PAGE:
Roger Lynch

Global CEO, Condé Nast; former president and CEO, Pandora; former CEO, Sling TV, L.L.C.

You have to be a risk-taker who has tolerance for ambiguity. You have to be willing to step into the breach, not knowing all the answers but having confidence that you’ll figure it out along the way.

Disruption doesn’t scare Roger Lynch T’95. Since leaving Tuck, he has headed three industry-changing companies, including Chello Broadband, the first and largest broadband operator in Europe, and Video Networks, which pioneered Internet Protocol television (IPTV). Now the CEO of Dish Network’s Sling TV, a next-generation TV service delivered over the Internet—think the Netflix of live TV—Lynch continues to innovate and thrive at the intersection of media, technology, and developing new markets.

Why is Sling TV an idea whose time has come?

Millennials are not subscribing to pay TV at the same rate as generations before them. There are a couple reasons for that. It’s very expensive—the average pay TV bill is over $90 a month. Also, there are more alternatives, whether it be Netflix, Hulu, or even piracy. Most importantly, the traditional pay TV model is inconsistent with how millennials consume other content. If you think about how they use a service like Spotify, where their music goes with them on their mobile device, it’s significantly different than calling a provider, signing a two-year contract, and scheduling an installer to put wires all over the house. We wanted to create a service that really matched more with how they consumed music and services so Sling TV delivers live TV like ESPN, Disney Channel, TBS, TNT, and AdultSwim with a whole new model. You can subscribe or cancel any time. There are no commitments, contracts, or installers.

What does it mean to you to disrupt the TV industry?

I actually think the TV industry has already been disrupted itself and we’re just stepping in, trying to take advantage of it. What I mean is that all the pay TV operators are largely selling the same product. That worked for many years but we’ve reached the price point now where traditional pay TV is not really reaching the portion of the market that it used to. The structure of the industry has really caused the beginnings of a disruption that has created the opportunity for a service like this. That said, we’re not trying to replicate the traditional pay TV service over the Internet. I think that would be a mistake.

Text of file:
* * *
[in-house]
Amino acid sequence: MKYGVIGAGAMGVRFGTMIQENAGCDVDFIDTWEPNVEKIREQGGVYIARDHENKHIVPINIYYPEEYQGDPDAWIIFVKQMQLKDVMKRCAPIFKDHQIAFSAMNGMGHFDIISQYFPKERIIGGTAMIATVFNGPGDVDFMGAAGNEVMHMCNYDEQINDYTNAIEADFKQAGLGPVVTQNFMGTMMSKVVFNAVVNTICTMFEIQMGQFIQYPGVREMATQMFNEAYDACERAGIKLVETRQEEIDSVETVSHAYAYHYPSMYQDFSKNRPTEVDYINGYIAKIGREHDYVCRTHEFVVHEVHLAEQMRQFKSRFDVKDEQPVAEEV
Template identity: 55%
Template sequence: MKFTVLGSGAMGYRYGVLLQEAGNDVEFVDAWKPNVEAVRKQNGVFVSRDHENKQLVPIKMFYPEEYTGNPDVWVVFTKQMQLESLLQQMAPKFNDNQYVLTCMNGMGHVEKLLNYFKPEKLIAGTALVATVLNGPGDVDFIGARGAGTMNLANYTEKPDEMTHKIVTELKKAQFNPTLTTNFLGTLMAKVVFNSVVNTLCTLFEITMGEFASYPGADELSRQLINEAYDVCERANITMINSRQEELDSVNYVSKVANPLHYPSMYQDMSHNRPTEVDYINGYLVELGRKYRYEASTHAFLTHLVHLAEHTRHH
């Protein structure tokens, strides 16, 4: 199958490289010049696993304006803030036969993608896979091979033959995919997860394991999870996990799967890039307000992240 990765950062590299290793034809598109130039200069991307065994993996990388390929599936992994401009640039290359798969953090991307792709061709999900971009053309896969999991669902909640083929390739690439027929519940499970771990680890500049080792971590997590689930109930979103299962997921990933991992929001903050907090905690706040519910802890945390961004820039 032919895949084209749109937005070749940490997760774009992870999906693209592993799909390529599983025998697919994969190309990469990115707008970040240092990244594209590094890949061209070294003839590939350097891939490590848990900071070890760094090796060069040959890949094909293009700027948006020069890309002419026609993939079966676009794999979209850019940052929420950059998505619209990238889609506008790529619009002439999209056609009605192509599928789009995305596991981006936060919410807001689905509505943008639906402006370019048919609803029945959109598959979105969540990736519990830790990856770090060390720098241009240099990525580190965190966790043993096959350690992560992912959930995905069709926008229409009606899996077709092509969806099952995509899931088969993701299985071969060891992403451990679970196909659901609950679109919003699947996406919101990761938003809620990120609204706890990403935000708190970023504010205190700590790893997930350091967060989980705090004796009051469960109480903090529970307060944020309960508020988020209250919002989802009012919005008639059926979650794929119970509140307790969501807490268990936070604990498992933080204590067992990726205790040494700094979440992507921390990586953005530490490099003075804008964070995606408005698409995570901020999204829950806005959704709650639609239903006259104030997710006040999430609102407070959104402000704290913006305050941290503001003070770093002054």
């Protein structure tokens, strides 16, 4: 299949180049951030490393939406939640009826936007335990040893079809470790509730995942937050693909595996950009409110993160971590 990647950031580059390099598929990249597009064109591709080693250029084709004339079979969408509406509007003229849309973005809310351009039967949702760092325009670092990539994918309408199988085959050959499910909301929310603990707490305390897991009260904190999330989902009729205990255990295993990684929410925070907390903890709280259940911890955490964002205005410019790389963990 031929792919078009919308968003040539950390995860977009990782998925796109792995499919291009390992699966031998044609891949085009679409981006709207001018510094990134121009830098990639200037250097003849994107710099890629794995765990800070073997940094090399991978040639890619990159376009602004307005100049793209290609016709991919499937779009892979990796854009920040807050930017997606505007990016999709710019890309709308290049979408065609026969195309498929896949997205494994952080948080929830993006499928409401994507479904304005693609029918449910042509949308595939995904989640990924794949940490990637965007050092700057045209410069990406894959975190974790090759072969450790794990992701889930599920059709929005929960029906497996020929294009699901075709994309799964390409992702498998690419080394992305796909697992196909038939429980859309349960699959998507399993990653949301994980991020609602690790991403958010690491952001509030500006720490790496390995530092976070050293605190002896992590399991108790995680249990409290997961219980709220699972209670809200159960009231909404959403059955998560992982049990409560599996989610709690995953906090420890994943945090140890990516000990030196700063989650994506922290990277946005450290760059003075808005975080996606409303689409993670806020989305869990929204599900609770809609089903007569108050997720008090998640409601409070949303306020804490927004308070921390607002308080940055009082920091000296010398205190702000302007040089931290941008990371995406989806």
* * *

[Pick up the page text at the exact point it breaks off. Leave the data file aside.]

As CEO, how do you stay creative and bold when the stakes are as high as they are for Sling TV?

You fundamentally have to be a risk-taker who has tolerance for ambiguity. I remember learning that term at Tuck and not really understanding what it meant then, but I understand it well now. You have to be willing to step into the breach, not knowing all the answers but having confidence that you’ll figure it out along the way. It’s finding the right balance of pushing the envelope, pushing your team, being aggressive, being entrepreneurial, and taking appropriate risks.

How did Tuck prepare you for your career?

Tuck not only gave me the basic skills for business, but it also helped prepare me to analyze and solve problems from a strategy standpoint. Another important thing is the connections that I made at Tuck, from fellow students to professors. I still rely on and reach out to them.

What keeps you passionate about your work?

I love exactly the point in the development of the business where I am now with Sling TV. We’ve actually been building the capabilities for years, but now it’s the final unveiling and we’re seeing tremendous consumer interest and uptake of the service. That really gets me going. I love to come in every day and look at the numbers and see how we need to adjust things. Even though everything’s fantastic right now, there are always going to be tough times, too. In this business, you have to make decisions without all the facts and information and really trust your gut. I like living on the edge like that.

How does your personal life impact your professional life?

I have three kids who are now millennial age. They help inform my thinking and I bounce ideas off them all the time. Our two oldest were actually with us while we were at Tuck—my wife and I got married very young and had children right away—so I’m glad I can use their advice today because they’re exactly the demographic we’re targeting. They love what I do.

*This article originally appeared in print in the spring 2015 issue of Tuck Today magazine.

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